Venture capitalist Elmore gives $25 million to School of Electrical and Computer Engineering
The Purdue Board of Trustees on Friday (Aug. 6) approved naming the School of Electrical and Computer Engineering (ECE) for the family of alumnus William B. Elmore in recognition of a $25 million gift.
The school will be known as the Elmore Family School of Electrical and Computer Engineering. To maximize the impact of the gift, the school will distribute funds to address both short- and long-term needs and opportunities including the initiation of research and education centers alongside retention and recruitment support for faculty and students.
“The goal is to enable and sustain significant research and education efforts that will advance the frontiers of knowledge, have transformative impact on society, and catapult the Elmore Family School of Electrical and Computer Engineering to national and international preeminence,” said Dimitri Peroulis, the Michael and Katherine Birck Head and Reilly Professor of ECE.
“Today, we are happy to launch the first Elmore ECE Emerging Frontiers Center, called Crossroads of Quantum and AI, and the first Cognitive Computing Institute at Purdue,” Peroulis said. “On the education front, we intend to create additional undergraduate opportunities in AI and a new focus area on semiconductors for our graduate students this year. Furthermore, we plan to aggressively expand our field-defining efforts in the areas of virtual labs, AI-enabled personalized learning, and online education.”
Elmore (EE’75, MS EE’76), who grew up in Centerville, Ohio, now lives near San Francisco, where he established a highly successful career in the venture capital.
In 1995, Elmore co-founded Foundation Capital, a venture capital firm based in Palo Alto, California, that invests primarily in enterprise, financial, and consumer technology companies. Foundation Capital companies include Netflix, Lending Club, SunRun, and Chegg. Now an emeritus partner at Foundation Capital, he continues to invest full-time in promising technology startups. Elmore has served as a director of numerous private and public companies and works actively with the Purdue Research Foundation and in support of Purdue.
The University’s College of Engineering honored Elmore’s career and accomplishments with a Distinguished Engineering Alumni Award in 2017. He also received the Outstanding Electrical and Computer Engineer Award in 2003.
“Purdue has been making great strides in advancing its mission—across many, many fronts—under the guidance of Mitch Daniels, and it’s always good to put energy and money behind great momentum,” Elmore said. “I also believe strongly in Purdue’s mission and the vision of the leadership team in the College of Engineering. And, of course, Purdue contributed a lot to my career.”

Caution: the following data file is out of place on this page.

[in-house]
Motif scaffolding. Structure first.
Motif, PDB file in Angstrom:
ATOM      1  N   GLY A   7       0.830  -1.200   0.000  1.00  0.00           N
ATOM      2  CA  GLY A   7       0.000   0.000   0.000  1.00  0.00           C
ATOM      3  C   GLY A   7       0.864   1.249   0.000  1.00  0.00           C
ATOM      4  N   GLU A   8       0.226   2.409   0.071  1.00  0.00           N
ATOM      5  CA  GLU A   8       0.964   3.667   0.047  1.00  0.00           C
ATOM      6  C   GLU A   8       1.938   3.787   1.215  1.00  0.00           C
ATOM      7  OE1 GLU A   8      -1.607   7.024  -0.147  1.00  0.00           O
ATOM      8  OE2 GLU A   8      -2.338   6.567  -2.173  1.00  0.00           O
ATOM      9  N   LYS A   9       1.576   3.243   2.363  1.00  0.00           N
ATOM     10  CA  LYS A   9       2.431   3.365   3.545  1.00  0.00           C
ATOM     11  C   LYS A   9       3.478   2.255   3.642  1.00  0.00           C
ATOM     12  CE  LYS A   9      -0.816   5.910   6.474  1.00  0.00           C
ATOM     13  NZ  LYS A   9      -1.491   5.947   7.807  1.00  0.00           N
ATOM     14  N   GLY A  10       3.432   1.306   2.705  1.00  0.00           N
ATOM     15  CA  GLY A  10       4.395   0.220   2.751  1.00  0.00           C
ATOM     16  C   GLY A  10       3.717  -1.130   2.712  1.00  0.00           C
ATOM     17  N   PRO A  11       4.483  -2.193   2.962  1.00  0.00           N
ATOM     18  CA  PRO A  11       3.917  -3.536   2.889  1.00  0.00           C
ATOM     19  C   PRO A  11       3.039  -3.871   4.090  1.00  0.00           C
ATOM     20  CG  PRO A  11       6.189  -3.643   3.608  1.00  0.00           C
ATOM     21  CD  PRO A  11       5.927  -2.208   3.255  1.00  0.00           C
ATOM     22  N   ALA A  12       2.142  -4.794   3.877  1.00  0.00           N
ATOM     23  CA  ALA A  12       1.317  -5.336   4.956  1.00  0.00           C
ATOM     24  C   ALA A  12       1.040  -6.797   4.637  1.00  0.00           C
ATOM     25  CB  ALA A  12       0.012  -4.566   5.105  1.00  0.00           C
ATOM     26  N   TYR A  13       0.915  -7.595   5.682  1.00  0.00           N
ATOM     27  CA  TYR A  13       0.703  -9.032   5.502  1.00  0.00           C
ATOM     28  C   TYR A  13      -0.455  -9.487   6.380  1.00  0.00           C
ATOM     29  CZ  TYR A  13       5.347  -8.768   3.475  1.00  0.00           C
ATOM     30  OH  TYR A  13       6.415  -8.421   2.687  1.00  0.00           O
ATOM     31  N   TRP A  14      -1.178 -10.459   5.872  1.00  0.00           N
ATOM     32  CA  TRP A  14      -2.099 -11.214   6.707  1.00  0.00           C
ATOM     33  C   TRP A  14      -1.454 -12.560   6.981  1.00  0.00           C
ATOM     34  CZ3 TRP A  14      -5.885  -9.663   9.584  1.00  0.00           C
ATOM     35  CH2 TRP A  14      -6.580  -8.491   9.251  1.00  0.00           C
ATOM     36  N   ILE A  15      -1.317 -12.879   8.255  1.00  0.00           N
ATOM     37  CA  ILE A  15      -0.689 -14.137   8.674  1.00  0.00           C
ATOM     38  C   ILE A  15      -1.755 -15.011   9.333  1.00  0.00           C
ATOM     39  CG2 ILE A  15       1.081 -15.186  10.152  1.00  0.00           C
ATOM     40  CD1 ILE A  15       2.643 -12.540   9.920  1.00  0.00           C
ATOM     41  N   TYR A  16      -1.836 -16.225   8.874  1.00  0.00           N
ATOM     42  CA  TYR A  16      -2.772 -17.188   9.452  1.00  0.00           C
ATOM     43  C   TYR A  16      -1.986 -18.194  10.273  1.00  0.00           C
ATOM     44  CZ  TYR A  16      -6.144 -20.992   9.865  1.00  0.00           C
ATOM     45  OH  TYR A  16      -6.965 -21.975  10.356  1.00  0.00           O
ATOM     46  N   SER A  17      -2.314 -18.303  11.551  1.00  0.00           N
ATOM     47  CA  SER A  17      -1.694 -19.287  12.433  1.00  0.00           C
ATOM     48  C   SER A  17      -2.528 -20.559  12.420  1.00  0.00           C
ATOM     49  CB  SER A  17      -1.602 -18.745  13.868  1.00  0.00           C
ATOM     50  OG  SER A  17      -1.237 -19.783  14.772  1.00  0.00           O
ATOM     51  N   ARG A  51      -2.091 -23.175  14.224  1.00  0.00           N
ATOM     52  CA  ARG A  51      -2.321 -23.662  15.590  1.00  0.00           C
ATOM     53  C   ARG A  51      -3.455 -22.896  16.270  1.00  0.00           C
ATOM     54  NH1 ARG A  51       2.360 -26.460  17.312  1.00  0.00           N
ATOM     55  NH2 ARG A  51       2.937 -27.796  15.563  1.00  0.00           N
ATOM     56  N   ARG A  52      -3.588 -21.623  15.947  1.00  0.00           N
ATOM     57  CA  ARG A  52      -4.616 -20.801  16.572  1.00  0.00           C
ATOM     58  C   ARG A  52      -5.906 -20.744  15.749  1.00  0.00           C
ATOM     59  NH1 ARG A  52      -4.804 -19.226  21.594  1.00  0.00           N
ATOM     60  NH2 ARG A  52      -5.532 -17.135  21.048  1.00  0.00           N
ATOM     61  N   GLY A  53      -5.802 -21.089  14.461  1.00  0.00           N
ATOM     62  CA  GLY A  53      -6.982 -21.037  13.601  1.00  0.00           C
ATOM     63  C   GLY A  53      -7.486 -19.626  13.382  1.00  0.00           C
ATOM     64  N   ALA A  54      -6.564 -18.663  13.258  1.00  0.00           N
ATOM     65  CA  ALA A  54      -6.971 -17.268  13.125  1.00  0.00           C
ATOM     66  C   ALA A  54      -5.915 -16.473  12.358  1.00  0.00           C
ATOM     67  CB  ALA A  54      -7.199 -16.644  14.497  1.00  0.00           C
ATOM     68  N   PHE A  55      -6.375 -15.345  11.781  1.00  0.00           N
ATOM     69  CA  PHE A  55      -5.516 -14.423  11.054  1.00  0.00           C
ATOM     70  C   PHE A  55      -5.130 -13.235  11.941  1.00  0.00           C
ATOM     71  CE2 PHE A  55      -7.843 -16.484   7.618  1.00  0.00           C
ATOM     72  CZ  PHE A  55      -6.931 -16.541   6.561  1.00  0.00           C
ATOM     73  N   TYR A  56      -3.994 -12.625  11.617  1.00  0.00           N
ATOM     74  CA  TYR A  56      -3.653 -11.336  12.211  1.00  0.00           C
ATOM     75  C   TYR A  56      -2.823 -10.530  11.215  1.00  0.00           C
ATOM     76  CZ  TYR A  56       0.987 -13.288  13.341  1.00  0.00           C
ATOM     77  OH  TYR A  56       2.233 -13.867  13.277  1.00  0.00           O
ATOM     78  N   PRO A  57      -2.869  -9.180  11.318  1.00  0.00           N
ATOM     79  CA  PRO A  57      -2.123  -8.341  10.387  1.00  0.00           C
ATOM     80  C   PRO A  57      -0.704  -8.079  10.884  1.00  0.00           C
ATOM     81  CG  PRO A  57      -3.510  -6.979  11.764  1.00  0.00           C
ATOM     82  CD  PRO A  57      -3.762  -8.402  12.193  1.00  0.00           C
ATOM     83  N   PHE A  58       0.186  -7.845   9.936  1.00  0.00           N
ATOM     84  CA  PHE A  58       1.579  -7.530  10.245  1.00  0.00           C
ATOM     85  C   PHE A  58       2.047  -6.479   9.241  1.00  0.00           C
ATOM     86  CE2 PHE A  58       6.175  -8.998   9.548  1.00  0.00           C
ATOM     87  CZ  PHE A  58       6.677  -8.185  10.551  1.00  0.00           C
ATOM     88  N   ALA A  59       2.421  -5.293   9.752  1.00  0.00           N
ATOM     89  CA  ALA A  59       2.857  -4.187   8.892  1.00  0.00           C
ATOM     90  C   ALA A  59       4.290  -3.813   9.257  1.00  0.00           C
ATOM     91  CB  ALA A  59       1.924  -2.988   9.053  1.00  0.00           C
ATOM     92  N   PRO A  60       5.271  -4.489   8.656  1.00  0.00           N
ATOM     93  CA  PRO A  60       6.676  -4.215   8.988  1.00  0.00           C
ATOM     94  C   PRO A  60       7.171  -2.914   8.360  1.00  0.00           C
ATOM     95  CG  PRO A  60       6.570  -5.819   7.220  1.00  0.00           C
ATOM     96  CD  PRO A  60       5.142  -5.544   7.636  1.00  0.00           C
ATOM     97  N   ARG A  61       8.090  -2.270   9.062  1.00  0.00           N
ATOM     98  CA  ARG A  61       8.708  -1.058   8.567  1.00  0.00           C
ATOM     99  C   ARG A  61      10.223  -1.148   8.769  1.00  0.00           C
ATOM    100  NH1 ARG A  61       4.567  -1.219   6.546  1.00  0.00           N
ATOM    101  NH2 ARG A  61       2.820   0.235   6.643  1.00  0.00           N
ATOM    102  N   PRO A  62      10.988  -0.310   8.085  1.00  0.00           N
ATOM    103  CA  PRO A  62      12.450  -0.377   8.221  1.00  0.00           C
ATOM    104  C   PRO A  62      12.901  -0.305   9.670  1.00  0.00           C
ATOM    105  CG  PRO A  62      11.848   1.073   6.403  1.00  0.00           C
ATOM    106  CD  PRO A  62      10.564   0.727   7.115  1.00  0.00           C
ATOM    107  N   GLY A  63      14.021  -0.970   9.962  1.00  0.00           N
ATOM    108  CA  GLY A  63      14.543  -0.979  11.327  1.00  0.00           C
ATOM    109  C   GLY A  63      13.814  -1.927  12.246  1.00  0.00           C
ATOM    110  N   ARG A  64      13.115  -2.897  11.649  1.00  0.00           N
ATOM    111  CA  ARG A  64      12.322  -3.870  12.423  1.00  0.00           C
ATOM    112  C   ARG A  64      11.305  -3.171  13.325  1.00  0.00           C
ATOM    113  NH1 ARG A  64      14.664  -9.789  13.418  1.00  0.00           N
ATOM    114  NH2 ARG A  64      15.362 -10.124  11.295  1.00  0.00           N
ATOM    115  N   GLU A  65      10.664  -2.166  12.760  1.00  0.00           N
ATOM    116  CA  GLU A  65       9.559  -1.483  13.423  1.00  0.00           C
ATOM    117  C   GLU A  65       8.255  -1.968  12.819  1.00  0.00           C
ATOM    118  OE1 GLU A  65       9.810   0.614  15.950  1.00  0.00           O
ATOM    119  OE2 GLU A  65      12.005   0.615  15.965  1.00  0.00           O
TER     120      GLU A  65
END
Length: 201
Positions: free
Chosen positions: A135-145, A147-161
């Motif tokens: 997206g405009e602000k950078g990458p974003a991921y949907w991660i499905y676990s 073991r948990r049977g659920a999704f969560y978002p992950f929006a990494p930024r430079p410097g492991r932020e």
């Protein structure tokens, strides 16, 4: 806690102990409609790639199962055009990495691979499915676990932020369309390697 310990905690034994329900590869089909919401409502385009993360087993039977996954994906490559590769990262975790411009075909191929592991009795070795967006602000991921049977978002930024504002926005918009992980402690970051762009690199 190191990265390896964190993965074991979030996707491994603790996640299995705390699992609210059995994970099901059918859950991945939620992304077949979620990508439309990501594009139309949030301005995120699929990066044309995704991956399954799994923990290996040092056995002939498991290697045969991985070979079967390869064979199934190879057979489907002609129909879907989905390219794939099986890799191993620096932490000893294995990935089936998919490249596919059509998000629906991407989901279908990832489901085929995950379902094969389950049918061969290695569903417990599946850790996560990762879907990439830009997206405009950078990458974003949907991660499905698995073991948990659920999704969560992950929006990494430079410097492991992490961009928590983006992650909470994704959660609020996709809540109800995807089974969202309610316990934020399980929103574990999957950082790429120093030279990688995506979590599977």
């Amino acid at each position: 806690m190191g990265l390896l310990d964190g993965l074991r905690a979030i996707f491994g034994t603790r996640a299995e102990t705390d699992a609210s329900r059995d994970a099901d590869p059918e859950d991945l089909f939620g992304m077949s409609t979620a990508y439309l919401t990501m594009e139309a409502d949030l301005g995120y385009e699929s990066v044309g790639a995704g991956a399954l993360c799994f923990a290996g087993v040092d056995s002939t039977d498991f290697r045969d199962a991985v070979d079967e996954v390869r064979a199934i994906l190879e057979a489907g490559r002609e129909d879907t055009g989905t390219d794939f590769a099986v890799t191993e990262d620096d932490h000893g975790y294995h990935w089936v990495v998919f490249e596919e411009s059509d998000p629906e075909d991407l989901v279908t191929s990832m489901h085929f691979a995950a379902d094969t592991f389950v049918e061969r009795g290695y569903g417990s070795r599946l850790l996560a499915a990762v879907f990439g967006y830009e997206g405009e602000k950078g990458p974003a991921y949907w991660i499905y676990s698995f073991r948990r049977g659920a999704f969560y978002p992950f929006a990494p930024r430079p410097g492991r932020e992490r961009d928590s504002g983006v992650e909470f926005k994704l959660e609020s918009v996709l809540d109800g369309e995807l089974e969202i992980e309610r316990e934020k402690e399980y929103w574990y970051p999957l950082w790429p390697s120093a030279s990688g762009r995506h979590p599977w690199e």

Because several members of his extended family attended Purdue, Elmore chose to honor them in the naming the school.
“I’m not part of a multigenerational Purdue family, but I am part of a ‘horizontal’ Purdue family—we all went to Purdue contemporaneously and had great experiences—and I wanted to recognize how much we all benefited from going to Purdue,” Elmore said. “What I'd really like is for this gift to inspire other folks of both my generation and younger generations to consider giving back in a major way to Purdue. I’d like this to be an example that others could follow.”
The newly named school of ECE, established in 1888, consists of 115 faculty members, 1,700 undergraduate students and 1,000 graduate students. According to U.S. News & World Report’s best colleges rankings, Purdue’s undergraduate and graduate ECE programs rank 10th and 11th in the nation, respectively. U.S. News also ranks Purdue’s online master’s program in electrical engineering No. 1 in the nation.
“Bill Elmore has been a transformational leader in the technology venture field throughout the past decades. We are very proud of the pinnacle of excellence in his career and immensely grateful for the visionary generosity from Bill and the Elmore family,” said Mung Chiang, executive vice president of Purdue and John A. Edwardson Dean of the College of Engineering.
“The Elmore Family School of Electrical and Computer Engineering is not only the largest academic unit at Purdue, but also one of the most impactful ECE departments among the country’s top 10,” Chiang said. “With this naming gift from Bill and the momentum generated, and under the leadership of Dimitri Peroulis, we will propel Purdue ECE’s learning, discovery, and engagement mission to new heights.”